The Seventy Sevens - The Seventy Sevens: Pray Naked

Tuesday 1st June 1993
The Seventy Sevens - The Seventy Sevens: Pray Naked
The Seventy Sevens - The Seventy Sevens: Pray Naked

RATING 10 10 10 10 10 10 10 10 10 10
LABEL: Brainstorm 7100533678

Reviewed by James Lewis

This album has been causing a bit of controversy over the pond, where the original title has been removed and the erstwhile title track has been blanked out on the track listing (although they have left the cover picture of three Maharishi lookalikes covering their dignity with a picture of the band!). So is this the Christian equivalent of Prince's notorious 'Black Album'? Hardly. "Pray Naked" is either a call for naturists to have a spiritual life or an exhortation for us to be honest before God in our prayer life. Anyone who doesn't want a safe version of a secular band should start here - pigeonholing this group is nigh impossible, although they are probably best described as a mainstream band with alternative leanings. The band have grown their hair to mosh length and the first track, "Woody" (a tribute to the Cheers barman, perhaps?!) is probably their heaviest to date. But thereafter the album settles back into a much quieter vein, recalling the tone of previous songs such as "Nowhere Else" and the '7 & 7 Is' tracks contained on the 'Stick And Stones' compilation. "Nuts For You" is the son of "U U U U" if ever there was one, and the (ex)title track begins with an extended jam with a heavy Indian influence (Bengali not Apache). Personal faves are "Woody" and "Self Made Trap". On the first listen I didn't know quite what to make of this album, but on subsequent plays it has wriggled into my brain and looks set to become one of my personal albums of 1993 even with over half a year of releases still to come. Mike Roe's wry sense of humour is ever-present, the opening lines of the album are "I'm staring headlong into the Jaws of Death (alright)/Big teeth, big mouth and bad, bad breath (yecch)", and his levity is a welcome change. The bad news is that to get hold of this you'll have to either make a special order from Word Record Club or visit your favourite record shop in Soho as Word don't intend at the moment to distribute it over here. Write a petition to them and then buy this.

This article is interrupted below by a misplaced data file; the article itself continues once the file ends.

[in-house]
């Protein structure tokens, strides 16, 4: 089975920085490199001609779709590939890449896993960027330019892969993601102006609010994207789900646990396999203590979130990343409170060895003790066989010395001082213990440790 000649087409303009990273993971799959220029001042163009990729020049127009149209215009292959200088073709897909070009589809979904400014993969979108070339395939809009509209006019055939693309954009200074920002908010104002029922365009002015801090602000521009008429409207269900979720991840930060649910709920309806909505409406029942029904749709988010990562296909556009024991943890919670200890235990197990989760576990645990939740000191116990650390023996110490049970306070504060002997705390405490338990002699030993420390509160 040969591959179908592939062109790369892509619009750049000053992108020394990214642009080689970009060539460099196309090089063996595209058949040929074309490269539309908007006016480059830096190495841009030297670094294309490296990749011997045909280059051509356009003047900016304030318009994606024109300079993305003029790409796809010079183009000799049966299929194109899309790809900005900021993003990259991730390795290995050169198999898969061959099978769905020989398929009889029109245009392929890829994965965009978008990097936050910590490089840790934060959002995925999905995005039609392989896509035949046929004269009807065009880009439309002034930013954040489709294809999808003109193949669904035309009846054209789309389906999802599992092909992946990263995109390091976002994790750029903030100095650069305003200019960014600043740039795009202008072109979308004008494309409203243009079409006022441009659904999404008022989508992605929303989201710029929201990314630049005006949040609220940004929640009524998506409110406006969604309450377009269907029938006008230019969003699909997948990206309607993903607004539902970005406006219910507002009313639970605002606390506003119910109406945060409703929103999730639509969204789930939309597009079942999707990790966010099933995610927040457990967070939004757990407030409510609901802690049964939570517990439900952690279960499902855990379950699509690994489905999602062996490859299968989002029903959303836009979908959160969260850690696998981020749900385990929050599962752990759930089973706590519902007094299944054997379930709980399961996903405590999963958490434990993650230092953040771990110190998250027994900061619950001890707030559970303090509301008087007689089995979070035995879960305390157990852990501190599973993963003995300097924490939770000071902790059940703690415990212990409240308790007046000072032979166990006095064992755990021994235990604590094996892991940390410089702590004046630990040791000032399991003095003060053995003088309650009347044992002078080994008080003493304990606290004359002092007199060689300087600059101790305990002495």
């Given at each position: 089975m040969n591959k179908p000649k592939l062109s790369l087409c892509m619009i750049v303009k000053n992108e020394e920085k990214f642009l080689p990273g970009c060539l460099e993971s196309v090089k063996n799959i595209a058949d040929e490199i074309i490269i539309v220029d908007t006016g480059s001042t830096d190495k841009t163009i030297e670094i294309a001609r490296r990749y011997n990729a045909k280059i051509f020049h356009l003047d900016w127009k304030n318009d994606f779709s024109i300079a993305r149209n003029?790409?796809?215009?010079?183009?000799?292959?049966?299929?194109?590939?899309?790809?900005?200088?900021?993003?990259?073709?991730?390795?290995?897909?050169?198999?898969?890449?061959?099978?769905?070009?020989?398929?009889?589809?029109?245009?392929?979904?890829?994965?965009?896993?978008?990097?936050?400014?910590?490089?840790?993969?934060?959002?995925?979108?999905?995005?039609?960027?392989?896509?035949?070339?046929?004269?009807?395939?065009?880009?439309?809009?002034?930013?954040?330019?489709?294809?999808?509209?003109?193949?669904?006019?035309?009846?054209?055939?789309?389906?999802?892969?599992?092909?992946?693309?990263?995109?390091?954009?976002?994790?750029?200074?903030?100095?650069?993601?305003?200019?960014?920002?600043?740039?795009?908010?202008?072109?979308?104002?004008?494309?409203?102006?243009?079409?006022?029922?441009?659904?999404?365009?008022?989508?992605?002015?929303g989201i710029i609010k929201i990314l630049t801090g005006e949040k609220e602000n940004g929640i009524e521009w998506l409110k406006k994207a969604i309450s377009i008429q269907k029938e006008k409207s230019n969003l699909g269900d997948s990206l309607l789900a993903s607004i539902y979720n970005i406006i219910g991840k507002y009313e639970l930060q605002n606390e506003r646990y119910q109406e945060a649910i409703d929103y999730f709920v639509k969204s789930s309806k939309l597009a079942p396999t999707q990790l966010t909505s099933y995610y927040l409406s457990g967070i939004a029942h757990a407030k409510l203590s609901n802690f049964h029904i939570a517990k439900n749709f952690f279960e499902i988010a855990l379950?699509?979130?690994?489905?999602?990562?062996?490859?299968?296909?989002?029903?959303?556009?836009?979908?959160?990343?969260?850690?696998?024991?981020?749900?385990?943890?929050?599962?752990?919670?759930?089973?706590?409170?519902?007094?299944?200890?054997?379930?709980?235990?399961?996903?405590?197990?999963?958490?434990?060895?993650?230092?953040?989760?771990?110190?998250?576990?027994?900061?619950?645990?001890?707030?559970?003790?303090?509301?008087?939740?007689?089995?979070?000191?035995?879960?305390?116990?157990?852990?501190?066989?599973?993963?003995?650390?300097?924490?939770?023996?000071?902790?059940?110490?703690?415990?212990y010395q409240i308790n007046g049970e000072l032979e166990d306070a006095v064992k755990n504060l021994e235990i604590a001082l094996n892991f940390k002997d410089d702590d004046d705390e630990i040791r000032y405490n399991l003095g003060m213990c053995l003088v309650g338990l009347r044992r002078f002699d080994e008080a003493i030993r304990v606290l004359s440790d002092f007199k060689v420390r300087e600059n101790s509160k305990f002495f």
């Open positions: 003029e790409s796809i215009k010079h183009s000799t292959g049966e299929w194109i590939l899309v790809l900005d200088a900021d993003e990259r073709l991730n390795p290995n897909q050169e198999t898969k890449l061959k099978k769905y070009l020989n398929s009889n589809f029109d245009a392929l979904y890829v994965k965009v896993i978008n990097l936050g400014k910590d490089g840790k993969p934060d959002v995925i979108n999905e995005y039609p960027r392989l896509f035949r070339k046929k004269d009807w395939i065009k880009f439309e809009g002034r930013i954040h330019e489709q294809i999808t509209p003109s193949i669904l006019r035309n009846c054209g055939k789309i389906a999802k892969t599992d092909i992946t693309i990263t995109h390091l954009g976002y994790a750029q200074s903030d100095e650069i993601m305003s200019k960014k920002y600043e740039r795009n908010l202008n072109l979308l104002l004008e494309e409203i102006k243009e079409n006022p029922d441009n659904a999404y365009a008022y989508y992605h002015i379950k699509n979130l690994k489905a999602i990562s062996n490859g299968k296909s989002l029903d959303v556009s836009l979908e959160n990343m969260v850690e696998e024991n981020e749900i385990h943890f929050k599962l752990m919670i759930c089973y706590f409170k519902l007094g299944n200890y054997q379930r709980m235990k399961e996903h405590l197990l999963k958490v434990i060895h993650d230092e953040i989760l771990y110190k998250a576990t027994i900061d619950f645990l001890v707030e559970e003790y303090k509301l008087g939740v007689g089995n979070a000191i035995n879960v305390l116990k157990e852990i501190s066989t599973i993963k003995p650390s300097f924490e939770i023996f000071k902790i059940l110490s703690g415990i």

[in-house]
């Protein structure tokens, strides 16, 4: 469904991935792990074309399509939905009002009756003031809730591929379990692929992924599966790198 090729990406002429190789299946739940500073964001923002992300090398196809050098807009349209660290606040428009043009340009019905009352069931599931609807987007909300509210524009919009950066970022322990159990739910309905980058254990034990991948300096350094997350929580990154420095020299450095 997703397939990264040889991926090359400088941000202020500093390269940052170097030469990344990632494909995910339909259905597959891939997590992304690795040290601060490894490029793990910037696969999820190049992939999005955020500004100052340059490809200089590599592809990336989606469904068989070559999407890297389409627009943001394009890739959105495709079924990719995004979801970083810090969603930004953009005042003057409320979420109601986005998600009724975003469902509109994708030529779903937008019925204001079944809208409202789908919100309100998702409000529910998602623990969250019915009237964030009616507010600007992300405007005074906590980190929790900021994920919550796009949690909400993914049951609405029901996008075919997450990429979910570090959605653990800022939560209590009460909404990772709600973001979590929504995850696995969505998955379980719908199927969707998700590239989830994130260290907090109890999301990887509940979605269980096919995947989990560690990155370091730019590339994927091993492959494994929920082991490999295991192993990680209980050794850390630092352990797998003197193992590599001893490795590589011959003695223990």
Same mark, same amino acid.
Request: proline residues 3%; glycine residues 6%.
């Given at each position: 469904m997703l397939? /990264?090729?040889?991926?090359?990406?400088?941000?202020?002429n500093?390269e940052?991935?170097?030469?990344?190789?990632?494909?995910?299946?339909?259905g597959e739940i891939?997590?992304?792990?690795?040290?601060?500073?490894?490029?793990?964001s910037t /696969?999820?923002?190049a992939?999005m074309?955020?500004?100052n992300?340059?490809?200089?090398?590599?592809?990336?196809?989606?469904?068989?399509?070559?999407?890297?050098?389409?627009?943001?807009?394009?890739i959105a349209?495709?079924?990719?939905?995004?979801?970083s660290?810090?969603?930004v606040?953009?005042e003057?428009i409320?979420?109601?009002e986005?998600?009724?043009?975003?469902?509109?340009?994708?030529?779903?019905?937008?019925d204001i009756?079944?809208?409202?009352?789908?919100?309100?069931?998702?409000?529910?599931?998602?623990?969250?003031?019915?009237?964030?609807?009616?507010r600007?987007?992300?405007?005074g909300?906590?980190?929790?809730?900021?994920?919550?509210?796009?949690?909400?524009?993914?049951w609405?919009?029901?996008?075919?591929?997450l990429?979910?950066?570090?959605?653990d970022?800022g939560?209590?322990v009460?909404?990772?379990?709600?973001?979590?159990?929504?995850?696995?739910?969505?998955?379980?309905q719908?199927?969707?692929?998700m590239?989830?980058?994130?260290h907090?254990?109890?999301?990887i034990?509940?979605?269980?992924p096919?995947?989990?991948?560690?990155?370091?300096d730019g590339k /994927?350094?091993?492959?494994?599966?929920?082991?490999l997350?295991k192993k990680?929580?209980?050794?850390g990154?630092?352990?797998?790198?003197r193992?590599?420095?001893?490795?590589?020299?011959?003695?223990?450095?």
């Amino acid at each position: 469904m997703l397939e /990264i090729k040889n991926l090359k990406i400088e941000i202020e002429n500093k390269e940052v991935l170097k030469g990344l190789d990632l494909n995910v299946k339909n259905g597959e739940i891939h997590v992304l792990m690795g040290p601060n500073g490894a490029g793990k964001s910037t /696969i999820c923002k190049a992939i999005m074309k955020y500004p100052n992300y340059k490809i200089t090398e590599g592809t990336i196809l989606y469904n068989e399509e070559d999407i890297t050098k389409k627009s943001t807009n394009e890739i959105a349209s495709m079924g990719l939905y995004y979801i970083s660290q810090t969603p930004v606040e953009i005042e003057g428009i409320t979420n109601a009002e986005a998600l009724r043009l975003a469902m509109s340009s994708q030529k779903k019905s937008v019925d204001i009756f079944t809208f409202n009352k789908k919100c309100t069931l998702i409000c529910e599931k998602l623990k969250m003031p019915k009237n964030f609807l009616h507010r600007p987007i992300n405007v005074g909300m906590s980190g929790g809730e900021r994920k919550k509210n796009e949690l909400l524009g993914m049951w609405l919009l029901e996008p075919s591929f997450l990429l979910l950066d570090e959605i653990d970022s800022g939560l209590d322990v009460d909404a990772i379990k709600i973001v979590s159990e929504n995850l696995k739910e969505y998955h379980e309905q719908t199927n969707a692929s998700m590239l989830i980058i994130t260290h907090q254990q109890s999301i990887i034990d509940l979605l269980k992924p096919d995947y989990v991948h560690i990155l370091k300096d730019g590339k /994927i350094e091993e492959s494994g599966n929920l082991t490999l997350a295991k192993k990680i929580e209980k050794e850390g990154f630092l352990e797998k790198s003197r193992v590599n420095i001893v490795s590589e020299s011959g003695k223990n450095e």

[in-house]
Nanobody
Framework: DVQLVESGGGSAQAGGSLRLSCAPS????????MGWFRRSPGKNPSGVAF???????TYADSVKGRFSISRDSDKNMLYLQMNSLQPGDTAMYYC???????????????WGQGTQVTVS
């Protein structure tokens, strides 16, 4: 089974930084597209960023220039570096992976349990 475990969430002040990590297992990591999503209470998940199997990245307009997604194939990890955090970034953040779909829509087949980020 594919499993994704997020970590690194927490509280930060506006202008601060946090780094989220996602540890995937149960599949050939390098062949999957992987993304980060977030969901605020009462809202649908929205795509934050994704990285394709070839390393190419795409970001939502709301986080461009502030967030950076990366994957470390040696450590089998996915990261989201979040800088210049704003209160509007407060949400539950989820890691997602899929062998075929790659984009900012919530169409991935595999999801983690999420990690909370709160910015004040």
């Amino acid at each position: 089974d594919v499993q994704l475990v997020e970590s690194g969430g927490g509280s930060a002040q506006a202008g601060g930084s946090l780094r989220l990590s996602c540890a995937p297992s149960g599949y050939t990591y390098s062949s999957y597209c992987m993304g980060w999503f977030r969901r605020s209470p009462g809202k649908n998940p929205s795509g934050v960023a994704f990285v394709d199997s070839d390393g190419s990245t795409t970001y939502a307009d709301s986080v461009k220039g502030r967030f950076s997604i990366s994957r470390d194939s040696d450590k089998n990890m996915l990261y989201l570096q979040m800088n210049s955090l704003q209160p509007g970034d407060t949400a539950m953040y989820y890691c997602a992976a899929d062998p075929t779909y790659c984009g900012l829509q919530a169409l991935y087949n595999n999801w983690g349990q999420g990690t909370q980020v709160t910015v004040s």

The opinions expressed in this article are not necessarily those held by Cross Rhythms. Any expressed views were accurate at the time of publishing but may or may not reflect the views of the individuals concerned at a later date.

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